“Adoration of the Shepherds” by Gerard van Honthorst, 1622 via Wikipedia

Thus, different circumstances produce different rituals and legal systems, but basic theology can differ only in unessential details. As the sage of Konya, Jalal al-Din al-Rumi says, “Ritual prayer might differ in every religion, but belief never changes.” (Fihi Mafih 49)

The Qur’an also states 4:171 “O People of the Book! Commit no excesses in your religion: Nor say of Allah aught but the truth. Christ (Messiah) Jesus the son of Mary was (only) a messenger of Allah, and His Word, which He bestowed on Mary, and a spirit proceeding from Him: so believe in Allah and His messengers. Say not “Trinity”: desist: it will be better for you: for Allah is one Allah: Glory be to Him: (He is far) above having a son. To Him belong all things in the heavens and on earth.”

The Qur’an credits Messiah Jesus as being a Word of God. What does this mean? The Qur’an also states 43:61: “And (Jesus) shall be a Sign (for the coming of) the Hour (of Judgment): therefore have no doubt about the (Hour), but you (should) follow Me: this is a Straight Way.”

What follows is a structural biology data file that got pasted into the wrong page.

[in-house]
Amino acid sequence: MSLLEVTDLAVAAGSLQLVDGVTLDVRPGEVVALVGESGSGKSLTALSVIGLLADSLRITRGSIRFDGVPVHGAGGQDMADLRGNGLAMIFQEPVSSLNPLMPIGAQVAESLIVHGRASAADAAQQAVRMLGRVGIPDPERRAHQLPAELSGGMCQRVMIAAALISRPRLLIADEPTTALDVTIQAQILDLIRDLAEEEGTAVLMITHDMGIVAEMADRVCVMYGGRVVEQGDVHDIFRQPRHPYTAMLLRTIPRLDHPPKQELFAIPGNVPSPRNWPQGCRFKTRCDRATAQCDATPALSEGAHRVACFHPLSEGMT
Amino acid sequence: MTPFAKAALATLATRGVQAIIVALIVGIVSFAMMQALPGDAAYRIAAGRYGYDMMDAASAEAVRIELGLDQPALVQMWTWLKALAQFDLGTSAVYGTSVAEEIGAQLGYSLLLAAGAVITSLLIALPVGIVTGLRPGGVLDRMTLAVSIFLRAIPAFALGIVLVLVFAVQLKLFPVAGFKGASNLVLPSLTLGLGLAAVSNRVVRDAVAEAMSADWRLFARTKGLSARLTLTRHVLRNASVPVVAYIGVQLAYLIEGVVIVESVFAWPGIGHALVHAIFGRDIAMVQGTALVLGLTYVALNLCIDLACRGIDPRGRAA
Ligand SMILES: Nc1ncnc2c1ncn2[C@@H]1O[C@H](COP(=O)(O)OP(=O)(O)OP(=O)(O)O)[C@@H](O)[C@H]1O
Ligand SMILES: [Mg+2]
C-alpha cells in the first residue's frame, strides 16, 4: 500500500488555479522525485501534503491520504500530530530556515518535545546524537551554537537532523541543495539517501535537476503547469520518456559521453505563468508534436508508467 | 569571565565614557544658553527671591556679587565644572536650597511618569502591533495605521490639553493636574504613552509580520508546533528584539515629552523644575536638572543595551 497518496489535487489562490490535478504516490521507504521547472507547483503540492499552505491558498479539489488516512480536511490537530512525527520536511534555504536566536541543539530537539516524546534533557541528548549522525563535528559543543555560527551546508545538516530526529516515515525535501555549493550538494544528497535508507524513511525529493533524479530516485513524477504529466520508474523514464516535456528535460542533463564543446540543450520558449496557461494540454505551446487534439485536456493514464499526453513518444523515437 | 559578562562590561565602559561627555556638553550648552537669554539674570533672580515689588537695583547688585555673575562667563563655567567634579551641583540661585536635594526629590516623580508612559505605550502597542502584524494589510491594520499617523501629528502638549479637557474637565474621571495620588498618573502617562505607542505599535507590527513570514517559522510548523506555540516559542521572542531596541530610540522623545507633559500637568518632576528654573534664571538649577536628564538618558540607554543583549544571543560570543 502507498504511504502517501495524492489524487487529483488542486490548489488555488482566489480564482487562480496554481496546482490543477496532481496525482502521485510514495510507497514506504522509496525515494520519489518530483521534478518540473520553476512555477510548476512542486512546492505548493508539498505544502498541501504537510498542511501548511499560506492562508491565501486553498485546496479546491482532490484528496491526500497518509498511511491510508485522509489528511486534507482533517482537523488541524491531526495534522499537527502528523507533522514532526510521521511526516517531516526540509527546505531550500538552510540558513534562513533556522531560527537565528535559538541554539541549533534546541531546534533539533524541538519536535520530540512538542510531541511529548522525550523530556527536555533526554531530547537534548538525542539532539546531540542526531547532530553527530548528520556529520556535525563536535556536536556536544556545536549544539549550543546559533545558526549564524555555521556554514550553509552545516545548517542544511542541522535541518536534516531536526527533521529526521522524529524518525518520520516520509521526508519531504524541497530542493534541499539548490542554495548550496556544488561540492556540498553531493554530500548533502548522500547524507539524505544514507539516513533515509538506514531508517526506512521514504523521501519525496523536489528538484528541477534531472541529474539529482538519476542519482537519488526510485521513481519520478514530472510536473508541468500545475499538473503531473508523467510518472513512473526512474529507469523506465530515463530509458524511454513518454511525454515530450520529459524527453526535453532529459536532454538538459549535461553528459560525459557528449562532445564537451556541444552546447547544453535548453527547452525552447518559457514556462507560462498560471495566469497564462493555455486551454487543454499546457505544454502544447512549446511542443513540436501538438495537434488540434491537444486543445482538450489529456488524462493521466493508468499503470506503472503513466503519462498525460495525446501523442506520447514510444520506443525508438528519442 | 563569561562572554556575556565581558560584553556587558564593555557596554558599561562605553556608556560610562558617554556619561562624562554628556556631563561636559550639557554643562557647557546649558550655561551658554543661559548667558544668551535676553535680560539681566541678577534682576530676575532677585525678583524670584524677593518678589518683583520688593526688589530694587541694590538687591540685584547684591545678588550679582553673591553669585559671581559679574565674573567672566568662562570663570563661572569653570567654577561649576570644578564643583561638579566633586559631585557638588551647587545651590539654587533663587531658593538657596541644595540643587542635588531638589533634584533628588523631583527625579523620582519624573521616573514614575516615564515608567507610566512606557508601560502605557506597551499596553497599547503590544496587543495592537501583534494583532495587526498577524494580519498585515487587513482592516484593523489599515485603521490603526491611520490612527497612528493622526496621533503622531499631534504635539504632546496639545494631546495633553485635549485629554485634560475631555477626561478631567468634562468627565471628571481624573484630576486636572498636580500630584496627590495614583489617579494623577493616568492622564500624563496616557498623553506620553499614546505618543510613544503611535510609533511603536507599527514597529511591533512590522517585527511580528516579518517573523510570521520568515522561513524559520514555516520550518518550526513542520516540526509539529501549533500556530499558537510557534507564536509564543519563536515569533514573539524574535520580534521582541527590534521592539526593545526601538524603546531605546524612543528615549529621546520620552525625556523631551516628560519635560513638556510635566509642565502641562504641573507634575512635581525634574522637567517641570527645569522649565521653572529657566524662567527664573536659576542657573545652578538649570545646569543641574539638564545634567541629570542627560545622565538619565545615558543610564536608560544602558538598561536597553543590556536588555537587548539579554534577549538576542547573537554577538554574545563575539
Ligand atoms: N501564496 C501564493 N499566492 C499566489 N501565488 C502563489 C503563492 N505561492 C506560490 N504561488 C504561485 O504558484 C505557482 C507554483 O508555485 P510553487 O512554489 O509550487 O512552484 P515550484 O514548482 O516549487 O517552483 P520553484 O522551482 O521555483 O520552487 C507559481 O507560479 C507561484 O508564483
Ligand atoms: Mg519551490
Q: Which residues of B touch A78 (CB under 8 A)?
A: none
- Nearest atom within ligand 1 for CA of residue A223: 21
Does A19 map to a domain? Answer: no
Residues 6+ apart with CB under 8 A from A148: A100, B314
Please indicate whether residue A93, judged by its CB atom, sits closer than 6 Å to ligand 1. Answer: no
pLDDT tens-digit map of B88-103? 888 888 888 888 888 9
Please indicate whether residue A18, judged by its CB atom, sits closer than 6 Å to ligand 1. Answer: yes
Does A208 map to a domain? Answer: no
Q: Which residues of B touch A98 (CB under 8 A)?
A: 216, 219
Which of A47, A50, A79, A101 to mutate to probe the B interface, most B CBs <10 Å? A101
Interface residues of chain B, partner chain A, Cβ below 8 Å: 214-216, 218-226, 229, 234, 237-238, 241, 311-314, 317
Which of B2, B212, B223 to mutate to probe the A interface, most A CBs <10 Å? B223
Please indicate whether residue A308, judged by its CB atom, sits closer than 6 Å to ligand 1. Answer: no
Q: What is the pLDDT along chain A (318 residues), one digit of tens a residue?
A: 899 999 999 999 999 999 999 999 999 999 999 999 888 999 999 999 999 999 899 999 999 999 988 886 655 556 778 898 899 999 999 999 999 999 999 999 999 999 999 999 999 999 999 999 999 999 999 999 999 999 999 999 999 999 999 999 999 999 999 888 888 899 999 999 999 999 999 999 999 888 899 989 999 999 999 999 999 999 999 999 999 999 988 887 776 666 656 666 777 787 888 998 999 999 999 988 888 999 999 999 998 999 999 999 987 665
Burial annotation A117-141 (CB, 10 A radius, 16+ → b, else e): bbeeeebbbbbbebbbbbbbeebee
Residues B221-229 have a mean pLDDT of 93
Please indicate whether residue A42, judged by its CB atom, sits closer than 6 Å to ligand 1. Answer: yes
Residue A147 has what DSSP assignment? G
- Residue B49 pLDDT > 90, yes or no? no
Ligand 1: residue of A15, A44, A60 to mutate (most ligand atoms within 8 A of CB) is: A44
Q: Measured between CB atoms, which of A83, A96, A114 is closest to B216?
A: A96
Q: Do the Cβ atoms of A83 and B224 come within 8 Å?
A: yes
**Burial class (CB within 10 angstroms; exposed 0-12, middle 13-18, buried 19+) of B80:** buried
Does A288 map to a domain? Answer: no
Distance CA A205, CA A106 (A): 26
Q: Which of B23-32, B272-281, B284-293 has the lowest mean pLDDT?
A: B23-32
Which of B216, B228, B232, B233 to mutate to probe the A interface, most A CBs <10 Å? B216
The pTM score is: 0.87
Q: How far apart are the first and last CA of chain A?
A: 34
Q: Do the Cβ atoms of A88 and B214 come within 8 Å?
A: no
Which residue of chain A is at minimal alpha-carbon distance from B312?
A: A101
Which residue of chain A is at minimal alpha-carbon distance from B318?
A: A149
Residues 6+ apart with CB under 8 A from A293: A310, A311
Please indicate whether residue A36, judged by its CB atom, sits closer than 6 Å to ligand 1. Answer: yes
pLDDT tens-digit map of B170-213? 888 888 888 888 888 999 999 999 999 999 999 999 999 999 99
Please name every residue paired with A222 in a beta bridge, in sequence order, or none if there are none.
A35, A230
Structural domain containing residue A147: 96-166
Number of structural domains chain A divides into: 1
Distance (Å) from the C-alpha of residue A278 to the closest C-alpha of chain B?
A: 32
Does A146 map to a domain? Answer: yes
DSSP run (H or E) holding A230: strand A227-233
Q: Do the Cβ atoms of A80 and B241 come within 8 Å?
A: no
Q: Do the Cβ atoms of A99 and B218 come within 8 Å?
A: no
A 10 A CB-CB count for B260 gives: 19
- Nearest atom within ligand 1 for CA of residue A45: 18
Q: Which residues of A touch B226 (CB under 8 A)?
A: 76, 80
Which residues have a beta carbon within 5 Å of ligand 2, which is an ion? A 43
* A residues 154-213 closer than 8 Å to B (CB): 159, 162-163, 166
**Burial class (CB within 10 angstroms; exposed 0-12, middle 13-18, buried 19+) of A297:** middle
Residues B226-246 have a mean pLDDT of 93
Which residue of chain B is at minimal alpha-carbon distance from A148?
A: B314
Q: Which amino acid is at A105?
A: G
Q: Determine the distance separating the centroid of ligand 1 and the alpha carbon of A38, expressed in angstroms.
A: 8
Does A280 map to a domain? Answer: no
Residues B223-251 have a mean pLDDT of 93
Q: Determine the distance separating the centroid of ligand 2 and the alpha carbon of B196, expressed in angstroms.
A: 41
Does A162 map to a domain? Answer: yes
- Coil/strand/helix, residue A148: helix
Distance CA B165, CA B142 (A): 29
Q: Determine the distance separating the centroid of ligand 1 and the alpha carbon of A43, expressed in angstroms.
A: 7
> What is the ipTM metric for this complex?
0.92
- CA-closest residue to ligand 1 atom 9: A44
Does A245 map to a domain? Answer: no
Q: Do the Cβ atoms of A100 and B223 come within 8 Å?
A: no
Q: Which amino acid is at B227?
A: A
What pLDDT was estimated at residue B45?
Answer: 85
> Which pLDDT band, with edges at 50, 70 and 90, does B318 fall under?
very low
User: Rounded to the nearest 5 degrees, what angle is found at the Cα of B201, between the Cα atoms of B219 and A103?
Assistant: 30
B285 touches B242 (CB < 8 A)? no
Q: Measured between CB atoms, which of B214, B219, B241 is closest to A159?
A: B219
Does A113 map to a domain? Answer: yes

Jews do not believe that Jesus was the Messiah, son of David; because the Messianic Age of international peace clearly has not yet come about. But Jesus could have been the Messiah, son of Aaron or Joseph (Yusuf) who according to rabbinic teachings will be killed by the anti-Messianic forces (Romans) before the coming of the son of David Messiah, and the final judgement and resurrection.

Bernardino Luini – Holy Family with the Infant St John via Wikipedia

The belief in two different messiahs, one a moral political leader from the house of David (Davidson) and the other, a religious reformer from the house of Aaron (Aronson), and a special “end of days” prophet like Elijah or Jeremiah (Matthew 16:14) is also found in inter-testament literature.

A Dead Sea scroll states that the Qum’ran community must live according to the original discipline “until there shall come a prophet (Elijah) and the Messiahs of Aaron and Israel” (Manuel of Discipline 9:11). There is also a rabbinic belief in a messianic figure from the northern tribes; a son of Joseph, Mary’s husband, who is killed by Roman enemies.

Rabbi Maller’s website is: www.rabbimaller.com. An ordained Reform Rabbi who retired in 2006 after 39 years as the Rabbi of Temple Akiba in Culver City, California, Rabbi Maller has published over 100 articles about Islamic and Jewish connections on Islamic and Jewish web sites. His newest book is ‘Judaism and Islam: Synergistic Monotheisms.’ He is also the author of a book on Jewish mysticism.